Feb. 16, 2016 –– A bill allowing local political candidates to file old campaign disclosures without penalty passed out of a Senate committee today.
The Senate Ethics Committee, without discussion, voted 6-1 to approve the legislation sponsored by Rep. Barry Fleming.
Jan. 28, 2016 — Georgia’s appellate court judges could retire at age 60 under a bill passed out of a House committee Wednesday.
Fleming said the lower retirement age would encourage the best young lawyers to take a pay cut to leave a lucrative law practice for a judicial appointment.
Jan. 27, 2016 — A bill allowing Sandy Springs to spend hotel/motel taxes on a new performing arts center stalled today as senators questioned whether the levy shouldn’t be abolished instead.
Jan. 7, 2016 — Two state senators are asking Attorney General Sam Olens whether a colleague had the authority to remove a member of DeKalb County’s new Audit Oversight Committee. Sen. Gloria Butler rescinded the appointment of former county employee Harmel Codi last week, prompting speculation that politics has compromised the panel before it even started work.
Dec. 16, 2015 — State ethics commissioners have the statute-of-limitation blues. Today, a decade-old legislative gaffe led them to drop nearly two dozen charges alleging campaign finance violations by former Insurance Commissioner John Oxendine.
But the commission also voted to continue to pursue charges that Oxendine spent $208,000 that should have been returned to donors after he finished fourth in the 2010 Republican primary for governor. The agency is also looking into the legality of the campaign’s loan of $237,000 to Oxendine’s private law practice.
Dec. 15, 2015 — Two new campaign finance rules prevent the kind of maneuver that Gov. Nathan Deal’s campaign used to avoid explaining more than $9,100 in credit card charges.
On a 4-0 vote today, the Georgia Campaign Finance Commission clarified that failing to disclose how campaign donations are spent cannot be considered a so-called “technical defect.”
The commission settled a 2012 case by treating Deal’s failure to itemize the spending as technical defects and allowing him to pay a small fee rather than say how the money was spent.
Dec. 1, 2015 — U.S. Sen. Johnny Isakson’s leadership PAC registered in Georgia last week, a day after Atlanta Unfiltered asked about its failure to report more than $53,000 in political donations last year.
Isakson’s 21st Century Majority Fund donated $33,300 to state and local candidates in Georgia in 2014, triggering a requirement that it also file disclosures with the state Campaign Finance Commission.
Information on Atlanta Unfiltered is free to all — except me. To help me continue following the money in Georgia politics, please use the Donate button on this page. By JIM WALLS Nov. 10, 2015 — Much of Georgia’s remarkable upgrade in ethics rankings – from 50th in the nation in 2012 to 24th today […]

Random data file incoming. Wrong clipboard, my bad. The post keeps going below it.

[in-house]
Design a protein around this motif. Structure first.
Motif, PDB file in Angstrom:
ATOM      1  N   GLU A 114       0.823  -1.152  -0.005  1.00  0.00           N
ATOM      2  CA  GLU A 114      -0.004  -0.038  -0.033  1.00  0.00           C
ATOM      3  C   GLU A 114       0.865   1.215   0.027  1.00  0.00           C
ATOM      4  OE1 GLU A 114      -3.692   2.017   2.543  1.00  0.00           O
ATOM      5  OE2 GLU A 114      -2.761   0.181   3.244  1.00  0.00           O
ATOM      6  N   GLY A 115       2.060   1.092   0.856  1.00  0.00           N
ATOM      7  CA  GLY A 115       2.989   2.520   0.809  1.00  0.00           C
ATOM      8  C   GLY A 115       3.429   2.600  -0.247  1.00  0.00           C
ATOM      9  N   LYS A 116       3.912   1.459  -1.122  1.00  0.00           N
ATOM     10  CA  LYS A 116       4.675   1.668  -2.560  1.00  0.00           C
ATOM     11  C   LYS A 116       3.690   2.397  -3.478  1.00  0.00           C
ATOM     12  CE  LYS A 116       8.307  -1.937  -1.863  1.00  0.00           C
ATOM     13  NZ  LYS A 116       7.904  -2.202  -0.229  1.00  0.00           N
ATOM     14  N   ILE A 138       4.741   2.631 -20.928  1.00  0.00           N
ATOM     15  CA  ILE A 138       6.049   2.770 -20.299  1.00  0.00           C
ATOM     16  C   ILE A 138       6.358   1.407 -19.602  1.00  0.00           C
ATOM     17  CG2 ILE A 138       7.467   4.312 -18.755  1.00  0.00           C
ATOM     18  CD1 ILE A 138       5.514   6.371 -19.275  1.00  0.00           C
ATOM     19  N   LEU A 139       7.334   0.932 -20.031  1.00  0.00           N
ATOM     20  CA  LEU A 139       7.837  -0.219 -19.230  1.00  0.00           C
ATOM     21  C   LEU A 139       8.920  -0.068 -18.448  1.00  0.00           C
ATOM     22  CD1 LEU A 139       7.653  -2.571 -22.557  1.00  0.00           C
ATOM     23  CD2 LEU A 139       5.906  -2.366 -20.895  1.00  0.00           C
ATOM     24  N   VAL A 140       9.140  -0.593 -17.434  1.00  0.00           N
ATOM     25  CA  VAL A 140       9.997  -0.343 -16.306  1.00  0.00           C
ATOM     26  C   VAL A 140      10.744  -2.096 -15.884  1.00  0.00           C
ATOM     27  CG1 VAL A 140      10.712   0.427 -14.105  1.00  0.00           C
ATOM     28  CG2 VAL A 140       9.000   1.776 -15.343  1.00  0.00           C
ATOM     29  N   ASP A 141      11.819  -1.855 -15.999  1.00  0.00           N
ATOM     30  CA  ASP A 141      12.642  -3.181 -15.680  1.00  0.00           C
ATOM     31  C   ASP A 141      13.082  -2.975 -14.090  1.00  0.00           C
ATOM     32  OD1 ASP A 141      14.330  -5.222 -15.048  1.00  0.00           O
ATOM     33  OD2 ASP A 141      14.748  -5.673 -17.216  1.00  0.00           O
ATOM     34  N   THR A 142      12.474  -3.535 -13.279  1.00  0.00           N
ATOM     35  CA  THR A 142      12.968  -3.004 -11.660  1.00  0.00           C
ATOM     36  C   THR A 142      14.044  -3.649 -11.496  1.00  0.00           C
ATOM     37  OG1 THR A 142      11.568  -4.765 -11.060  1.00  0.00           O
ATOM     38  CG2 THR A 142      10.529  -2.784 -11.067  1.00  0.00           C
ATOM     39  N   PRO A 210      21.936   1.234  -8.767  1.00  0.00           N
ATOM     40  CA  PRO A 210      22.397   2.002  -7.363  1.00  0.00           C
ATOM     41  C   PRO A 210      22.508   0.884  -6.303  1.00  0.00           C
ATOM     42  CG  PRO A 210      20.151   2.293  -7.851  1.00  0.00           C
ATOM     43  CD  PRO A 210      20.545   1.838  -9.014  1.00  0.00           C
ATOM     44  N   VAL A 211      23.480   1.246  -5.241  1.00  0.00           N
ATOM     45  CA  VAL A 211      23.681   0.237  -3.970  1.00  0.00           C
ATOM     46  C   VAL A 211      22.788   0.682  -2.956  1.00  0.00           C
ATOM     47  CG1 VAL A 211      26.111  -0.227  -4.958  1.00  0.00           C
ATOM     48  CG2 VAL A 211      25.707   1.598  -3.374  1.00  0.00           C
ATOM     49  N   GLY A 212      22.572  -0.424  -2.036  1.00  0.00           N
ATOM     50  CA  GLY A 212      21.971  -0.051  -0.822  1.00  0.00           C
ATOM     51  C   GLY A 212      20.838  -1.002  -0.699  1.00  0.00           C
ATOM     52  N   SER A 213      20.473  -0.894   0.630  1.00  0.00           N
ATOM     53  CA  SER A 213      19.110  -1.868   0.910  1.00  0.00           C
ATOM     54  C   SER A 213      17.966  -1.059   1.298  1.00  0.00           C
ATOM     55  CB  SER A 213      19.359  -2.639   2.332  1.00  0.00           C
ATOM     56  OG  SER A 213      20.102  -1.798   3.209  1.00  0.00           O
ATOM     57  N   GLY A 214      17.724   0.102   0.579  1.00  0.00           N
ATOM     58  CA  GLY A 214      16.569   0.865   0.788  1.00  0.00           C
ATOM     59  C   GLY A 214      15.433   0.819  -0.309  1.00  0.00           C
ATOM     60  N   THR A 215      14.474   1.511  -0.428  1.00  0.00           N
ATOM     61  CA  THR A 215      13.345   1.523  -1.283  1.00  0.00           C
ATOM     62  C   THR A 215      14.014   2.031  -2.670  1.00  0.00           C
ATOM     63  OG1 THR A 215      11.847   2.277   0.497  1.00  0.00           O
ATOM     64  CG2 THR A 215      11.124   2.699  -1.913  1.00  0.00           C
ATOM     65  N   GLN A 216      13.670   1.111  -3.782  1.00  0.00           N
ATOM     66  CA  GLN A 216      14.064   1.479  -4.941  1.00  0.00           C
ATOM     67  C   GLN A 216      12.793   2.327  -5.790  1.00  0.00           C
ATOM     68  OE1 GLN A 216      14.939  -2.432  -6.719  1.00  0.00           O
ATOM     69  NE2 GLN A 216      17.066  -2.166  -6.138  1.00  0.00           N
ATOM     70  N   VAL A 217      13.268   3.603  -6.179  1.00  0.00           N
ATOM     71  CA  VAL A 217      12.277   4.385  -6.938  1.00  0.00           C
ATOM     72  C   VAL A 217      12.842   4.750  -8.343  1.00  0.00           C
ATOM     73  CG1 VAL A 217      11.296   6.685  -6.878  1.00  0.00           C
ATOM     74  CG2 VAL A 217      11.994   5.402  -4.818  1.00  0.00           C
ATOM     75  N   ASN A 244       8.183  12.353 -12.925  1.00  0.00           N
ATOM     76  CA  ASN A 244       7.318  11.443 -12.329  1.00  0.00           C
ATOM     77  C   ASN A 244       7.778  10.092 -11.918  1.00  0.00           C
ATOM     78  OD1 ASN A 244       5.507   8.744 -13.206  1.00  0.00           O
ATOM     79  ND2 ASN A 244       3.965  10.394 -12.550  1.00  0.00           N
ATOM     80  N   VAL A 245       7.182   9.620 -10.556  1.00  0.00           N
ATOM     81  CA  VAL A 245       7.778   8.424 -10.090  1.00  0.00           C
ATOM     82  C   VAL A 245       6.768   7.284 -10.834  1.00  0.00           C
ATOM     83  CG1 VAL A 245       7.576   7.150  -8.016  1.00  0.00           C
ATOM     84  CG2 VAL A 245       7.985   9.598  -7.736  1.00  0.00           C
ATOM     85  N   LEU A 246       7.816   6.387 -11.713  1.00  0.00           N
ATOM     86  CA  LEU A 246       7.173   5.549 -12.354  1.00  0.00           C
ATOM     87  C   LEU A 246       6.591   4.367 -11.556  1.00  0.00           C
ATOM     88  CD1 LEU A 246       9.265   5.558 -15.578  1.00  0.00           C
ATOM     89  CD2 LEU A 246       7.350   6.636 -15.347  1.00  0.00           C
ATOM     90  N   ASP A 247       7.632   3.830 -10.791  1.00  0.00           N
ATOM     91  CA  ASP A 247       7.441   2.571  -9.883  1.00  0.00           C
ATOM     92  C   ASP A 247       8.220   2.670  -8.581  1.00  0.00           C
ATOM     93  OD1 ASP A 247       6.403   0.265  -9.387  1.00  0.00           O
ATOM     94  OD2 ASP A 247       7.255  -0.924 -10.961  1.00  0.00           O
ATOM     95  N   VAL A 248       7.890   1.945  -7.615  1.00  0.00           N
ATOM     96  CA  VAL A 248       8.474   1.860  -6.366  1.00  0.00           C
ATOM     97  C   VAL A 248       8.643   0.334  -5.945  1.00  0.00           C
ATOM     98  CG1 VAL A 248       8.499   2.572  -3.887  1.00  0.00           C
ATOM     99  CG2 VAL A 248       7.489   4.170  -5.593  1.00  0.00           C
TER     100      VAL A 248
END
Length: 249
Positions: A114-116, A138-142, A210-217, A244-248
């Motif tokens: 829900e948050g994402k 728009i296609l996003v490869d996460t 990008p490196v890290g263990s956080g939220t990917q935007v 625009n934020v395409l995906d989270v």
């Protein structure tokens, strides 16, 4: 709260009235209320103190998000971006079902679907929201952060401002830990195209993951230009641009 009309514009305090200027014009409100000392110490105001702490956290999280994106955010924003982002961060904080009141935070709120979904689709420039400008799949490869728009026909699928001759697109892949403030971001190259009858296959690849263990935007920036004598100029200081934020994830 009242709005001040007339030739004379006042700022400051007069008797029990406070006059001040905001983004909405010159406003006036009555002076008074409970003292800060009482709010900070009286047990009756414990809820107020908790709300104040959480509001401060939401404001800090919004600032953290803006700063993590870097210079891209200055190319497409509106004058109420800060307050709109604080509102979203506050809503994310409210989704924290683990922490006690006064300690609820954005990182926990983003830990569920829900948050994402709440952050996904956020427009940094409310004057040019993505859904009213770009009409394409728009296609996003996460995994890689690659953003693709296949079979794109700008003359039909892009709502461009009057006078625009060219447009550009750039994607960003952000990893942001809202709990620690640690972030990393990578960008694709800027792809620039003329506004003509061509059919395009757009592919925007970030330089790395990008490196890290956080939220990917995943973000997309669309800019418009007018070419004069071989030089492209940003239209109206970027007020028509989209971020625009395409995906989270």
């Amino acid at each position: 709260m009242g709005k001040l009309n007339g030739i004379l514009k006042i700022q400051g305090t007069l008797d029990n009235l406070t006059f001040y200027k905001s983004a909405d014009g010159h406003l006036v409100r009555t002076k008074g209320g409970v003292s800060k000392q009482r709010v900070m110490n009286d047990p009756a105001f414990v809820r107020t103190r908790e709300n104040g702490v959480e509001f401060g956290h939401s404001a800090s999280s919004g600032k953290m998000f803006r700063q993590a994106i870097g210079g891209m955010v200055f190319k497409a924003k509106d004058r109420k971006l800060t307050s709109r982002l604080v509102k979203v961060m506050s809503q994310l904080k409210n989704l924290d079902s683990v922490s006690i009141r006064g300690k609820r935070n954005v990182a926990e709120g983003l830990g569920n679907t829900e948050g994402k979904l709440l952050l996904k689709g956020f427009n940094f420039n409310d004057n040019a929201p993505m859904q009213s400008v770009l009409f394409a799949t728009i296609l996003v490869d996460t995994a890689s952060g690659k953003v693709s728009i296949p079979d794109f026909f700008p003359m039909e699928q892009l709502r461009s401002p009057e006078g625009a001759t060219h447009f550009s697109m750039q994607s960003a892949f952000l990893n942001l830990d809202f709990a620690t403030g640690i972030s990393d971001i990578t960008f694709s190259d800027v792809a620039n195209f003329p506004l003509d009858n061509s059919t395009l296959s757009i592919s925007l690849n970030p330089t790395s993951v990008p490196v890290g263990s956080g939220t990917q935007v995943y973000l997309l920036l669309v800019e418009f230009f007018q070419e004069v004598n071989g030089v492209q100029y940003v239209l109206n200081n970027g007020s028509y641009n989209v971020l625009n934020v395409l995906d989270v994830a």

Nov. 9, 2015 — Former Insurance Commissioner John Oxendine took a novel approach to investing his campaign funds, new disclosures show: loaning hundreds of thousands of dollars to his private business — much of it just weeks before Oxendine bought a $965,000 house in north Fulton County.
State law allows campaigns to make investments but forbids candidates from using political donations as personal assets.
Sept. 23, 2015 — A DeKalb County commissioner’s lawyer is promising a full-court press against allegations that she misused a taxpayer-funded purchasing card. Dwight Thomas, attorney for Commissioner Sharon Barnes Sutton, pushed the DeKalb Board of Ethics on Tuesday for access to her investigative file, then waived her preliminary hearing when he couldn’t get them. Thomas told the board to set aside “a couple days” for a full hearing on her case, tentatively set for December.
March 30, 2015 — Members of the state ethics commission have distanced themselves from a proposal requiring that they deliberate privately on complaints against political candidates and lobbyists. At a public hearing last week, no commission members took ownership of the proposed language on closed sessions, and staff attorneys said they don’t even know how it got there.
March 4, 2015 — Cities and counties could not remove monuments and other symbols of the Confederacy without relocating them to a place of equal prominence under a bill passed today by a House committee.
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Some criminals have their photos and crimes plastered all over the Internet, so people know who they are and what they did. Not politicians -- until now. The Crooked Politician Registry is an archive of info on public servants who crossed the line.
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